“It was a completely conscious thing. I was just kind of fed up with how bad shit had been going, and how dark everything was, with bad news coming from everywhere. Our president is just a fucking daily dose of bad news! Then you’ve got the well-intentioned scientists telling us that everything is fucked. I just want to feel good for a day.”

And we’re lucky he did.

More Quintessential Songs of the ’00s.

  

Quintessential Songs of the ’00s: #2 “Take Me Out”

Franz Ferdinand burst on the scene in 2004 with the second single from their self-titled debut.

The meaning of the song has long been debated. Some believe it to be about a sniper that’s about to kill his target while others believe it’s about romantic love.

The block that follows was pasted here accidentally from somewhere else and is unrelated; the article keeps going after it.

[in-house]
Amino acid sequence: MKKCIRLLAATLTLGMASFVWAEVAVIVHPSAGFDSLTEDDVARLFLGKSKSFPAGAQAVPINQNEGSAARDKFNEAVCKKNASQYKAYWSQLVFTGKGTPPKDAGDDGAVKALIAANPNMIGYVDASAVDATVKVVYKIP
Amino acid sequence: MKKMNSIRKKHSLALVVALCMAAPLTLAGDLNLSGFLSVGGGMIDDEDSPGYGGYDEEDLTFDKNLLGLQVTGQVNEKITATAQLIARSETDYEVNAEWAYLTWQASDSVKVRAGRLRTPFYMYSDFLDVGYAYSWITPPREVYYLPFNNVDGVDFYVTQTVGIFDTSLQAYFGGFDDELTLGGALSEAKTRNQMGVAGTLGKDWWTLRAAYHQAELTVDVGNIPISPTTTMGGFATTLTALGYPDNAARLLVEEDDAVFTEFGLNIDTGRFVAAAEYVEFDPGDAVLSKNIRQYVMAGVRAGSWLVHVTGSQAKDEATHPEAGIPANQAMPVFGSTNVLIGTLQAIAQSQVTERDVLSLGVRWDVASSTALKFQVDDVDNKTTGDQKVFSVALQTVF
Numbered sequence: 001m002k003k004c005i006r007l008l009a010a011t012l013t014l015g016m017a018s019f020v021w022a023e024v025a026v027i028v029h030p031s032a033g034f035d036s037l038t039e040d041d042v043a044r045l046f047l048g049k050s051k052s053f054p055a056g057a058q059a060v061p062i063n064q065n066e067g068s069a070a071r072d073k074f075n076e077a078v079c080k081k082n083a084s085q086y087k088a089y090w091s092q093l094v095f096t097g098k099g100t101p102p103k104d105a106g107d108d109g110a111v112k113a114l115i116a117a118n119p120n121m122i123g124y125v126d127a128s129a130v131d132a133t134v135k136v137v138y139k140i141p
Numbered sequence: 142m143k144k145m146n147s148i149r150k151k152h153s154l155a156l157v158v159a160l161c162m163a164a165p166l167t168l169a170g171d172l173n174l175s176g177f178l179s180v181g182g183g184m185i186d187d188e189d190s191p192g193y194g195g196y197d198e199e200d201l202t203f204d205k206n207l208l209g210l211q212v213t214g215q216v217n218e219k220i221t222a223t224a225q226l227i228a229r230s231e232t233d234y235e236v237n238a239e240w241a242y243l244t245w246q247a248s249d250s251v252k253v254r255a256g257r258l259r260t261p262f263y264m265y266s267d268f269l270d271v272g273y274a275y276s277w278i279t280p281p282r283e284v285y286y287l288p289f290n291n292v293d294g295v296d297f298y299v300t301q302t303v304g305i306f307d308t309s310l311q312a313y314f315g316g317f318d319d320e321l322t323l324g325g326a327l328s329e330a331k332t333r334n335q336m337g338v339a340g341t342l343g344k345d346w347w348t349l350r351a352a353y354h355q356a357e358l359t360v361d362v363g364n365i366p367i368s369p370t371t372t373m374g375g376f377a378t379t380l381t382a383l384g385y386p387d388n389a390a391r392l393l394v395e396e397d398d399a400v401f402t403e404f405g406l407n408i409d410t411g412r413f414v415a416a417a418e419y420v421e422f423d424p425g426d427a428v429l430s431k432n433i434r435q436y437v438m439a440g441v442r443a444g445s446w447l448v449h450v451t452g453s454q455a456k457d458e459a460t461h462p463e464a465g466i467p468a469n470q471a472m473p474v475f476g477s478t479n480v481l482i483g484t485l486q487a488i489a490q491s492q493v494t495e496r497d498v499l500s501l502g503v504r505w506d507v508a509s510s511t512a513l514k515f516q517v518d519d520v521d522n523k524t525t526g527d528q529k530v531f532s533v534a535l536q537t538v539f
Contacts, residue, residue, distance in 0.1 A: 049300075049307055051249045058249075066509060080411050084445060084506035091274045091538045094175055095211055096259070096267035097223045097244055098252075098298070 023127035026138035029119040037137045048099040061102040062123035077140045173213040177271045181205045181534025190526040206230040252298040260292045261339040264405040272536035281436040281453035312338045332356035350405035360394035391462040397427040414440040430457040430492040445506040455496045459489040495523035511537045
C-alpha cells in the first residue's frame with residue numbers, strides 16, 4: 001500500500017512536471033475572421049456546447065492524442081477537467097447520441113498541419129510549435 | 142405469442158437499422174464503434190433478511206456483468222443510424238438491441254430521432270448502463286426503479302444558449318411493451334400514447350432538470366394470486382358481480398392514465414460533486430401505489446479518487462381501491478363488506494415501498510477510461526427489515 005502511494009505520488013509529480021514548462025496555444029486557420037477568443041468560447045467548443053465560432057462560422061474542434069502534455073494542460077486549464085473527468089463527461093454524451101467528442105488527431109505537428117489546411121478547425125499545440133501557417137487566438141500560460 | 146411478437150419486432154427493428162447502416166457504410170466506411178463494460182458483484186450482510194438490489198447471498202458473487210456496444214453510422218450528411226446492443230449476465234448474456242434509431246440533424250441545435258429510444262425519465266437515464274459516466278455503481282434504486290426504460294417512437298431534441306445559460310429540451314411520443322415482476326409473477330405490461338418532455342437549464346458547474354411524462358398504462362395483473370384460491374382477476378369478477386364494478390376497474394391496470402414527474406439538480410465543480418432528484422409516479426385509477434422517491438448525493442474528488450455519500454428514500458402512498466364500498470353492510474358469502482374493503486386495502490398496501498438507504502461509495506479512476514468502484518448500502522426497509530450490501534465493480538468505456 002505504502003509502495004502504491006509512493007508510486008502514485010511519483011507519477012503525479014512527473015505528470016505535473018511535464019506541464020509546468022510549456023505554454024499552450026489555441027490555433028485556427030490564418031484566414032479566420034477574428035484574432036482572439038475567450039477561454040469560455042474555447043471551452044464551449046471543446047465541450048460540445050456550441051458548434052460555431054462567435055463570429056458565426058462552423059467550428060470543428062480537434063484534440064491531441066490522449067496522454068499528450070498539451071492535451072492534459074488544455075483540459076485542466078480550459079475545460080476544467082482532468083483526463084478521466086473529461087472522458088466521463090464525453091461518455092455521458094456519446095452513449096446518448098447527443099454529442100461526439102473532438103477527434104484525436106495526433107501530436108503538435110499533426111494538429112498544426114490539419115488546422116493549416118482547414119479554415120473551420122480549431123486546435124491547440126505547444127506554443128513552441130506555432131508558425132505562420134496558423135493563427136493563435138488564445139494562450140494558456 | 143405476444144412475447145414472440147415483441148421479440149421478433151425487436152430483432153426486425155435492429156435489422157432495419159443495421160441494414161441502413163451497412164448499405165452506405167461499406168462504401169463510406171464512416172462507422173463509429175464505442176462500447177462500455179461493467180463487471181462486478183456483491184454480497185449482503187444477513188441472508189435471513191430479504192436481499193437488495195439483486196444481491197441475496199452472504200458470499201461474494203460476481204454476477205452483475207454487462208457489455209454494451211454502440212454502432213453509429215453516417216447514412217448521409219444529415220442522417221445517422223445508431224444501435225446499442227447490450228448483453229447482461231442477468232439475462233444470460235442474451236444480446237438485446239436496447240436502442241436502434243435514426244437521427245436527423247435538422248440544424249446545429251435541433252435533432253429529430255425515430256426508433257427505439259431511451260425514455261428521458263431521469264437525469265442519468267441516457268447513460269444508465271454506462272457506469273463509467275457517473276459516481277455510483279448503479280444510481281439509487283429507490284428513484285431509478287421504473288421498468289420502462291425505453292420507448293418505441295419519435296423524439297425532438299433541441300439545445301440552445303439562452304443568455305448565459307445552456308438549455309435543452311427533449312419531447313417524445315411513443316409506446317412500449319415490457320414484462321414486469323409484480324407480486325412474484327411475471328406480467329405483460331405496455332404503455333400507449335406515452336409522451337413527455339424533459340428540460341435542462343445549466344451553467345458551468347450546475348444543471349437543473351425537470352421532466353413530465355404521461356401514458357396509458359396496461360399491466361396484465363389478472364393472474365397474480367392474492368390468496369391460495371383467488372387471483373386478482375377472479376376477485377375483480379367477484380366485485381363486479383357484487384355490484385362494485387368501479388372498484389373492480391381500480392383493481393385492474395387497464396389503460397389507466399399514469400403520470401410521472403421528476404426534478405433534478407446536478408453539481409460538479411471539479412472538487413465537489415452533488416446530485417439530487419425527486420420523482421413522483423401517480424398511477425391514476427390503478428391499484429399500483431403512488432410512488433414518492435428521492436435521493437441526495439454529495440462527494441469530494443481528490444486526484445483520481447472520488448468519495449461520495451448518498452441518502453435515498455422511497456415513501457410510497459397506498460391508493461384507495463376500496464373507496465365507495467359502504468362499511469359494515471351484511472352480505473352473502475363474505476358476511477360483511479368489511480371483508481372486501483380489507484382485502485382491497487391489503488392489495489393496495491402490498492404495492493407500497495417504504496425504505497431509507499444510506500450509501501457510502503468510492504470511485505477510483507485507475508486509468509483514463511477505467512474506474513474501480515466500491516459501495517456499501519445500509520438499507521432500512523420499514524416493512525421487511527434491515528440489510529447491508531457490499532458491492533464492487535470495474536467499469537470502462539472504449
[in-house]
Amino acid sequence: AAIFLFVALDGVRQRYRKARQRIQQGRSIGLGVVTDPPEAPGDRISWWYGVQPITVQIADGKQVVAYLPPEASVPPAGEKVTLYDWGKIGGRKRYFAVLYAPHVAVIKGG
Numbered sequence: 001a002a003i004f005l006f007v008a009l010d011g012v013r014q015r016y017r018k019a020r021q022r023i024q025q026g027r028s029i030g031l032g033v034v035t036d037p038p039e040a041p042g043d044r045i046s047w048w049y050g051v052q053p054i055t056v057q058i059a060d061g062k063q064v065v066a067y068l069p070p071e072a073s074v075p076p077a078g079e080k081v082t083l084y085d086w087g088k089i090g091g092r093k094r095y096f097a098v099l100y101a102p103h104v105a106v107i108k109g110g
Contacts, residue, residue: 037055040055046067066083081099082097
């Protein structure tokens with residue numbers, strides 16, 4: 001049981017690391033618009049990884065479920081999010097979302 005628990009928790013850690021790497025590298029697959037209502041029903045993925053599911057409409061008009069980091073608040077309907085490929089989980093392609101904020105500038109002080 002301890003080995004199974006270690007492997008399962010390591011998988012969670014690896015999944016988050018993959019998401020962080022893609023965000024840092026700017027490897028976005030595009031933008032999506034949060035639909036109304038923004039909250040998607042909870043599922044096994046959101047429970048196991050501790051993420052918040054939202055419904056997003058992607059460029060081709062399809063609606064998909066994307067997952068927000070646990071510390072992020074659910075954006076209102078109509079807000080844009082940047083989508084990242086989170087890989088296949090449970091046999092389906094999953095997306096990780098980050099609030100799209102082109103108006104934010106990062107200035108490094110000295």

Whatever it’s about — it’s a great, rocking tune. I love the guitar throughout and the shifts in tempo. The latter is tough to pull off, but the band does it well.

More Quintessential Songs of the ’00s.

  

Quintessential Songs of the ’00s: #1 “Seven Nation Army”

Is it too early to be nostalgic about music from the ’00s?

I heard this song in the car today and I thought it might be the start of a new feature — the quintessential songs of the noughts. Maybe in ten years, some twelve-year-old kid will stumble across this blog and get exposed to some good tunes. Who knows, maybe it will be my boy (who just turned two).

Here are a few fun facts from the song’s wiki page: